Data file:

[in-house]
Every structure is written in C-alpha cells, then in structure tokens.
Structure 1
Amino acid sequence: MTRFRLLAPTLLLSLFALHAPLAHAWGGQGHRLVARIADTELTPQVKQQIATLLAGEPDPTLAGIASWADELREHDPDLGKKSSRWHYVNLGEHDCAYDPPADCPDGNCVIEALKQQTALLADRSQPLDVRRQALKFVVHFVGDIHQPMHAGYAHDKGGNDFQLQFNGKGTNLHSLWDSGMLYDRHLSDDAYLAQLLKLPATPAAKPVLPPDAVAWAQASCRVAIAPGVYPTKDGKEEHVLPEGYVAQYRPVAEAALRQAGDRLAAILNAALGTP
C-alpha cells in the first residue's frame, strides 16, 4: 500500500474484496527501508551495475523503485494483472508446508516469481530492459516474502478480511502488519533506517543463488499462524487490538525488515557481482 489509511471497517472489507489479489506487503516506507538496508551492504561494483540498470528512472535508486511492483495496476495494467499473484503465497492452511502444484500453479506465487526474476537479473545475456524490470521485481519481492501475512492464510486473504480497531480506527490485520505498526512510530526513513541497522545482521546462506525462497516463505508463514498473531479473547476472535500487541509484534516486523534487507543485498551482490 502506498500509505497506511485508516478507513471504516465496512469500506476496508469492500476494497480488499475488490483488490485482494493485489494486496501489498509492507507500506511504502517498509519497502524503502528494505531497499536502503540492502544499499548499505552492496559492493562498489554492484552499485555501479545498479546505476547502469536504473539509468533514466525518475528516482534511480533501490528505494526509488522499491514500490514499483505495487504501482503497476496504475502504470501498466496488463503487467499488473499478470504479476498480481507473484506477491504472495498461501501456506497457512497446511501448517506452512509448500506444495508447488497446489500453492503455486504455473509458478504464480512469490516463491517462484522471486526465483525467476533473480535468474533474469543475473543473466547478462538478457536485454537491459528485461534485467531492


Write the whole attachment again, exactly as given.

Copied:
[in-house]
Every structure is written in C-alpha cells, then in structure tokens.
Structure 1
Amino acid sequence: MTRFRLLAPTLLLSLFALHAPLAHAWGGQGHRLVARIADTELTPQVKQQIATLLAGEPDPTLAGIASWADELREHDPDLGKKSSRWHYVNLGEHDCAYDPPADCPDGNCVIEALKQQTALLADRSQPLDVRRQALKFVVHFVGDIHQPMHAGYAHDKGGNDFQLQFNGKGTNLHSLWDSGMLYDRHLSDDAYLAQLLKLPATPAAKPVLPPDAVAWAQASCRVAIAPGVYPTKDGKEEHVLPEGYVAQYRPVAEAALRQAGDRLAAILNAALGTP
C-alpha cells in the first residue's frame, strides 16, 4: 500500500474484496527501508551495475523503485494483472508446508516469481530492459516474502478480511502488519533506517543463488499462524487490538525488515557481482 489509511471497517472489507489479489506487503516506507538496508551492504561494483540498470528512472535508486511492483495496476495494467499473484503465497492452511502444484500453479506465487526474476537479473545475456524490470521485481519481492501475512492464510486473504480497531480506527490485520505498526512510530526513513541497522545482521546462506525462497516463505508463514498473531479473547476472535500487541509484534516486523534487507543485498551482490 502506498500509505497506511485508516478507513471504516465496512469500506476496508469492500476494497480488499475488490483488490485482494493485489494486496501489498509492507507500506511504502517498509519497502524503502528494505531497499536502503540492502544499499548499505552492496559492493562498489554492484552499485555501479545498479546505476547502469536504473539509468533514466525518475528516482534511480533501490528505494526509488522499491514500490514499483505495487504501482503497476496504475502504470501498466496488463503487467499488473499478470504479476498480481507473484506477491504472495498461501501456506497457512497446511501448517506452512509448500506444495508447488497446489500453492503455486504455473509458478504464480512469490516463491517462484522471486526465483525467476533473480535468474533474469543475473543473466547478462538478457536485454537491459528485461534485467531492